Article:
Vermette’s impressive development took another positive turn when he forced himself into the Ottawa line-up for the 2003-04 season. Once considered a one-dimensional scorer, Vermette became invaluable not because of his offense, but because of his hard work and tremendous penalty-killing ability. This past season he returned to the AHL for the lockout, where he was an all-round dynamo, both offensively and defensively, with 73 points in 78 games.

A natural center, Vermette has a decent chance at being a scoring line player in Ottawa when hockey returns, but likely as a left winger. Considering how Vermette has developed thus far, he could be very good in the future for the Senators.

Jan Bohac, C, 3rd round, 87th overall (Slavia Praha HC, Czech)
NHL Games: 0
Status: NHL Bust

When the Senators selected Bohac, they knew they had something of a boom or bust type of prospect. A skilled center with decent size and upside, the native of Tabor in the Czech Republic went nowhere as a prospect. His draft year was his most successful year both in the top Czech league and the junior league. Bohac never could stick in the top league, and has more or less fallen off the radar screen entirely by now, the last known league played in being France. The Senators like to take gambles in the middle and late rounds, and they pay off handsomely at times, but this is one that did not pay off.

Derrick Byfuglien, D, 4th round, 122nd overall (Fargo-Moorhead, USHL)
NHL Games: 0
Status: NHL Bust

Perhaps the only notable thing about Byfuglien is how many different stops he has made since being drafted out of the USHL. In 2000-01, he dropped out of the University of North Dakota after six games to play for the Erie Otters of the OHL. He then went to the professional ranks in 2001-02 and played for five different ECHL teams over the next three years. A 6’1 defenseman with both grit and some skill, Byfuglien simply did not develop as hoped.

Greg Zanon, D, 5th round, 156th overall (University of Nebraska-Omaha, NCAA)
NHL Games: 0
Status: NHL Bust

The first of three consecutive selections made by the Senators in the third round, Zanon completed a stellar four-year college career in 2003, with his offensive production dropping slightly each year. Somewhat undersized at 6’0 and more of an energy player than a skilled prospect, Zanon did not do enough in the Senators 2003 rookie camp to earn a contract. He opted to join the Milwaukee Admirals of the AHL instead of signing a minor league deal with a Senators affiliate. Zanon appears to be carving out a solid minor league career, playing all 80 games for Milwaukee this year, but he is no longer in the organization and would be lucky to ever play more than a few games in the NHL.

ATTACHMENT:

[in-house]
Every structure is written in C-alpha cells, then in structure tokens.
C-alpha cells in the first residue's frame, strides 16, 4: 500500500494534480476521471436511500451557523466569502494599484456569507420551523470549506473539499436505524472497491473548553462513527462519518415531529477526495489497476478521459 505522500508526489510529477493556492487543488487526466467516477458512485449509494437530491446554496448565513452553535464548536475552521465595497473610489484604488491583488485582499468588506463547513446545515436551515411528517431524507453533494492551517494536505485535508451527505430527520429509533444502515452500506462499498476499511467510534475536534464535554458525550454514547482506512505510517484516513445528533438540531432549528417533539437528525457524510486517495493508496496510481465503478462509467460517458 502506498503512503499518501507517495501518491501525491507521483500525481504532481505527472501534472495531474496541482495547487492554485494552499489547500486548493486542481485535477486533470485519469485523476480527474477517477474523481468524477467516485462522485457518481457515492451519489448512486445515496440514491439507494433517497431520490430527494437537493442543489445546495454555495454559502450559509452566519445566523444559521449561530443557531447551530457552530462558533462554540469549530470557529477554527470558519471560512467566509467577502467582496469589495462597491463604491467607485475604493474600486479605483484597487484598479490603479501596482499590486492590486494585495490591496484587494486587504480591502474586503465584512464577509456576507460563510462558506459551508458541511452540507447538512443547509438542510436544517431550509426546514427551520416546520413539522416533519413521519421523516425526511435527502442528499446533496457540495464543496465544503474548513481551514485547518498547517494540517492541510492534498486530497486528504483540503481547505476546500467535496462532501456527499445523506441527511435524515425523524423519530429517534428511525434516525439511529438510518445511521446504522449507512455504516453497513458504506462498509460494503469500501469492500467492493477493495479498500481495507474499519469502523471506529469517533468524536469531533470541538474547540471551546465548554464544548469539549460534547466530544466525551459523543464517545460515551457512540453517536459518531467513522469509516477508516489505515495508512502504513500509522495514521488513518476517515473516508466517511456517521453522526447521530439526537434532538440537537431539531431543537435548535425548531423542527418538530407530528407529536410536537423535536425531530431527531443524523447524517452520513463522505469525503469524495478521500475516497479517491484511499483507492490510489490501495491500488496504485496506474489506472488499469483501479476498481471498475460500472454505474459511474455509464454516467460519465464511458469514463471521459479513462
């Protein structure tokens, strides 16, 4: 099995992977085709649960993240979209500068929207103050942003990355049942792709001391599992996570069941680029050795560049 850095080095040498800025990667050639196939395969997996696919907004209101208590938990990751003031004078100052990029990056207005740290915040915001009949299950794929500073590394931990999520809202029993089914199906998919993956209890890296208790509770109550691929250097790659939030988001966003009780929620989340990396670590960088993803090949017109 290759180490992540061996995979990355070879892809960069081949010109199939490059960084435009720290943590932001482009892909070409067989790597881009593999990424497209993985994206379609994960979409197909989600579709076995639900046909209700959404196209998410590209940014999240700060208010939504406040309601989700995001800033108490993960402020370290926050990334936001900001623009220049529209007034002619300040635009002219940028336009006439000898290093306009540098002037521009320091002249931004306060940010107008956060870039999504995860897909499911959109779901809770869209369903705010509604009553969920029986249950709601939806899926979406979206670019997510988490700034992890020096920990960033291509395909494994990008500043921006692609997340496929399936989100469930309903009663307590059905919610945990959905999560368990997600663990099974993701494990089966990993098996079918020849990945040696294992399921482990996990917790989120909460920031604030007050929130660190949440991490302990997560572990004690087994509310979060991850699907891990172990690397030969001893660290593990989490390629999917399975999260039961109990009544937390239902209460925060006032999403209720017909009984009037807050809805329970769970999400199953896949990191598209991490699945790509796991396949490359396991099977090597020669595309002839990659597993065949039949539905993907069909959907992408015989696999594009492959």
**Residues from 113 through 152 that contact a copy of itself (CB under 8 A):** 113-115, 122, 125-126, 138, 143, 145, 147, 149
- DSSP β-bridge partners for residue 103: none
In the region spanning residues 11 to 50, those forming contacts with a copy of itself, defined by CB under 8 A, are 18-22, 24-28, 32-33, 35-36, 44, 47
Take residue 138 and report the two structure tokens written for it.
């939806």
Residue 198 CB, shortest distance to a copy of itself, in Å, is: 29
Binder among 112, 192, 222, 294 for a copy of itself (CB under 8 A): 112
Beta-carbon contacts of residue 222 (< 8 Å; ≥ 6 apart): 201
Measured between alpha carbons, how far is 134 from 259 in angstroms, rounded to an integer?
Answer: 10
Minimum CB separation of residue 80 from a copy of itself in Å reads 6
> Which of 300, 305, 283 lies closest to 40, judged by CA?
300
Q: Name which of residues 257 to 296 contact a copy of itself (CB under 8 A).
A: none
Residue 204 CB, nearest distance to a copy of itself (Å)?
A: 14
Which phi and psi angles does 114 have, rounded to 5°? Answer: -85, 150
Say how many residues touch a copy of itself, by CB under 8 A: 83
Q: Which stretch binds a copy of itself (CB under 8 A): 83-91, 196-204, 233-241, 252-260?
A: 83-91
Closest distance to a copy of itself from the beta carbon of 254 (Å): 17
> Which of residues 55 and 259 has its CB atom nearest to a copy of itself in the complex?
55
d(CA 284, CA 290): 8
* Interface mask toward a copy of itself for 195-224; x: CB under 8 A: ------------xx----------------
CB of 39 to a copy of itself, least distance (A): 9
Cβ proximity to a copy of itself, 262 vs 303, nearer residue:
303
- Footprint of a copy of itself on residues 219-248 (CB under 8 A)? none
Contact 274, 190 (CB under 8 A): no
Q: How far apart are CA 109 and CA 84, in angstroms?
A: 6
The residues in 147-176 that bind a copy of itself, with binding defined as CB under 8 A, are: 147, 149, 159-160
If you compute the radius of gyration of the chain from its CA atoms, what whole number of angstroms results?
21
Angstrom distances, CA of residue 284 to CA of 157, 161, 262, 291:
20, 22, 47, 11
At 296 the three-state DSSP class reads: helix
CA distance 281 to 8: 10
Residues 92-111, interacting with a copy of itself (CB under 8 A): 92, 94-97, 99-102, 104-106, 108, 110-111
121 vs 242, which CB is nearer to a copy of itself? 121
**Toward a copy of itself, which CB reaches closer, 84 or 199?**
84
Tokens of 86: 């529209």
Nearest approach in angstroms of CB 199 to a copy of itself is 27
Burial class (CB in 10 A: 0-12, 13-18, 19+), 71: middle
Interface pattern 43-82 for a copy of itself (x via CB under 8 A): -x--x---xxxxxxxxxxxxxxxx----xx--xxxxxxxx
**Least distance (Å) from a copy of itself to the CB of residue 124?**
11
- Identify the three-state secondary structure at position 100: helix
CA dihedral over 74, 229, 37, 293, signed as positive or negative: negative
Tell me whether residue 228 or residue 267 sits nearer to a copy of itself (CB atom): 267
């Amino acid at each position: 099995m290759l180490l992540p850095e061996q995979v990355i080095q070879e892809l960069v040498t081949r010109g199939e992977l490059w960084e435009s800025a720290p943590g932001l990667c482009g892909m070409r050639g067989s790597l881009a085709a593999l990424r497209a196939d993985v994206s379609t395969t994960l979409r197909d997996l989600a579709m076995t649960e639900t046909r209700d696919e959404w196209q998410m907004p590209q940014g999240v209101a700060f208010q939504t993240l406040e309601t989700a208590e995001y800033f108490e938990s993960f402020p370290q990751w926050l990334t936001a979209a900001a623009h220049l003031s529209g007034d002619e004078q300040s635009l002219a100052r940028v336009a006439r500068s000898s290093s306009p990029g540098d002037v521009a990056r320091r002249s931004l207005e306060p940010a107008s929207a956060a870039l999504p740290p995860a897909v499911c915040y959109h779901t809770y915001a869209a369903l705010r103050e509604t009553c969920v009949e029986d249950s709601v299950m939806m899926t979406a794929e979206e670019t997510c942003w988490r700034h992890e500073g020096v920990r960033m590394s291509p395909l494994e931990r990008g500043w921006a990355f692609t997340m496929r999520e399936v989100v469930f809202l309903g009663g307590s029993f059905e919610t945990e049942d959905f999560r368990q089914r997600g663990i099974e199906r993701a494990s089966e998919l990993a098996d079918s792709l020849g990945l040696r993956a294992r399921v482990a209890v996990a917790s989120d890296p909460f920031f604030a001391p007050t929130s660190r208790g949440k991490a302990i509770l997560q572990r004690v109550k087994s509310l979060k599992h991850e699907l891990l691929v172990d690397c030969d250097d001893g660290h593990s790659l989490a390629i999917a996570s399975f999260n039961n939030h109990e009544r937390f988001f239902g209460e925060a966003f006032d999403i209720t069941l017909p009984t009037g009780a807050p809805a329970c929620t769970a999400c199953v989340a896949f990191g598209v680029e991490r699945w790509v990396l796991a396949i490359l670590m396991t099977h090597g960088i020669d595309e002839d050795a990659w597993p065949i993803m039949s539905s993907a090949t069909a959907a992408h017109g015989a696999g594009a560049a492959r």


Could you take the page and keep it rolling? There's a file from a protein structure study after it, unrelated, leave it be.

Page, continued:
Grant Potulny, C, 5th round, 157th overall (Lincoln, USHL)
NHL Games: 0
Status: NHL Prospect

Some players just have a knack for scoring clutch goals, and in college, that was Potulny. The native of Grand Forks, North Dakota, scored an overtime goal to give his University of Minnesota club the national championship, and finished his career as one of the most popular captains in Gopher history. He played his first season in Binghamton this year and was less than stellar, but he was limited to fourth line duty, and had little opportunity to play with skilled players. He had 10 points in 50 games. The 6’2 Potulny was drafted because of grit and character, and those attributes are why still has a decent chance to carve out an NHL career at some point.

Sean Connolly, D, 5th round, 158th overall (Northern Michigan University, NCAA)
NHL Games: 0
Status: NHL Bust

Connolly was the final player in that string of three consecutive Ottawa picks from the draft, and the fourth Ottawa selection in a row from the United States. Just like Zanon and Potulny, Connolly’s best offensive season in college was his first. The native of Flat Rock, Michigan had solid offensive abilities and a decent frame at 6’2, but he never really filled out allowing himself to play a more physical game. He was not signed by Ottawa but started his professional career splitting time between their ECHL and AHL affiliates. At this point, he is simply an ECHL player without an NHL contract or much hope of playing at that level.

Jason Maleyko, D, 6th round, 188th overall (Brampton Battalion, OHL)
NHL Games: 0
Status: NHL Bust

When the Senators selected Maleyko after the Windsor, Ontario native was passed over twice before in the draft, they hoped they had a late bloomer. While Maleyko did show even more improvement the following season as an overager with Brampton, he opted to head to the CIS with St. Mary’s University rather than go straight to the professional ranks. A tough customer with amazing leadership qualities, Maleyko left St. Mary’s after two years and played this past season with the Toledo Storm of the ECHL. Like Zanon and Connolly before him, he is a solid minor professional defenseman, but has no ties to the Ottawa organization, and is by no means an NHL prospect at this point.

James Demone, D, 9th round, 283rd overall (Portland Winter Hawks, WHL)
NHL Games: 0
Status: NHL Bust

Even though Demone has never even played in the AHL, he was still on national television plenty of times this year in Canada. The 6’6, 240-pound defenseman was a contestant on the CBC reality TV show Making the Cut, and was one of the winners, eventually being selected by the Vancouver Canucks. As a result, he will attend their training camp, although obviously the odds of him making the club are very small. The Senators did not offer him a contract after his junior career, and he has since played two years at the University of Lethbridge, as well as some minor professional hockey in the ECHL and CHL. Although he has made big strides since being drafted, it is still unlikely he will ever be known for anything more than his success on Making the Cut.

Copyright 2005 Hockey’s Future. Do not duplicate without permission of the editorial staff.